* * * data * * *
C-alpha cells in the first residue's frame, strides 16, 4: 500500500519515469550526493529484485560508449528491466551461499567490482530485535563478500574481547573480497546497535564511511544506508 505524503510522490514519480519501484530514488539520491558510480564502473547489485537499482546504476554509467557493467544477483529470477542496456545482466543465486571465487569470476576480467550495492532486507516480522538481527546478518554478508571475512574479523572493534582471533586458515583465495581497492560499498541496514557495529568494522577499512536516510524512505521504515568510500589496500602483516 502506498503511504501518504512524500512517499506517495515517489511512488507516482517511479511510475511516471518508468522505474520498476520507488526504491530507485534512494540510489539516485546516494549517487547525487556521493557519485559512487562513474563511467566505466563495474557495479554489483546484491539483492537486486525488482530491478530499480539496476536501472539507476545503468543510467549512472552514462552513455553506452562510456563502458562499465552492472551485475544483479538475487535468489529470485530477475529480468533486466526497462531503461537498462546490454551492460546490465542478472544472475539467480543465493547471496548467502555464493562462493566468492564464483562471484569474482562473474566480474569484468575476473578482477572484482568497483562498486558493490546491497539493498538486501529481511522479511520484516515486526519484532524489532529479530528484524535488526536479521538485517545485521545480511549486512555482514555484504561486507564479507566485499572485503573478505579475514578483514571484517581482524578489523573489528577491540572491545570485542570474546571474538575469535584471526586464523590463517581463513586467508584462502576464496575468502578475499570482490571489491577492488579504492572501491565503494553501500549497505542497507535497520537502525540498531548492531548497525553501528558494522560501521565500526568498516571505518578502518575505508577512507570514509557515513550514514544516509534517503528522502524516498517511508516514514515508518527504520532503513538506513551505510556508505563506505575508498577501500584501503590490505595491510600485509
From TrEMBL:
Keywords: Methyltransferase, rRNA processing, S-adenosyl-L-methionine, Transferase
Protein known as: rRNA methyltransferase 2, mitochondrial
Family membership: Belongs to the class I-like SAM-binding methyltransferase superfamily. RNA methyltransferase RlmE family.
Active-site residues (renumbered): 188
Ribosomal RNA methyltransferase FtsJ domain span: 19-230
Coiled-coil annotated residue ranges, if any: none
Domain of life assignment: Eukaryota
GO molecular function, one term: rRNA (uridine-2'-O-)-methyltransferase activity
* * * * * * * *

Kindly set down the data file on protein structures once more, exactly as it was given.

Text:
C-alpha cells in the first residue's frame, strides 16, 4: 500500500519515469550526493529484485560508449528491466551461499567490482530485535563478500574481547573480497546497535564511511544506508 505524503510522490514519480519501484530514488539520491558510480564502473547489485537499482546504476554509467557493467544477483529470477542496456545482466543465486571465487569470476576480467550495492532486507516480522538481527546478518554478508571475512574479523572493534582471533586458515583465495581497492560499498541496514557495529568494522577499512536516510524512505521504515568510500589496500602483516 502506498503511504501518504512524500512517499506517495515517489511512488507516482517511479511510475511516471518508468522505474520498476520507488526504491530507485534512494540510489539516485546516494549517487547525487556521493557519485559512487562513474563511467566505466563495474557495479554489483546484491539483492537486486525488482530491478530499480539496476536501472539507476545503468543510467549512472552514462552513455553506452562510456563502458562499465552492472551485475544483479538475487535468489529470485530477475529480468533486466526497462531503461537498462546490454551492460546490465542478472544472475539467480543465493547471496548467502555464493562462493566468492564464483562471484569474482562473474566480474569484468575476473578482477572484482568497483562498486558493490546491497539493498538486501529481511522479511520484516515486526519484532524489532529479530528484524535488526536479521538485517545485521545480511549486512555482514555484504561486507564479507566485499572485503573478505579475514578483514571484517581482524578489523573489528577491540572491545570485542570474546571474538575469535584471526586464523590463517581463513586467508584462502576464496575468502578475499570482490571489491577492488579504492572501491565503494553501500549497505542497507535497520537502525540498531548492531548497525553501528558494522560501521565500526568498516571505518578502518575505508577512507570514509557515513550514514544516509534517503528522502524516498517511508516514514515508518527504520532503513538506513551505510556508505563506505575508498577501500584501503590490505595491510600485509
From TrEMBL:
Keywords: Methyltransferase, rRNA processing, S-adenosyl-L-methionine, Transferase
Protein known as: rRNA methyltransferase 2, mitochondrial
Family membership: Belongs to the class I-like SAM-binding methyltransferase superfamily. RNA methyltransferase RlmE family.
Active-site residues (renumbered): 188
Ribosomal RNA methyltransferase FtsJ domain span: 19-230
Coiled-coil annotated residue ranges, if any: none
Domain of life assignment: Eukaryota
GO molecular function, one term: rRNA (uridine-2'-O-)-methyltransferase activity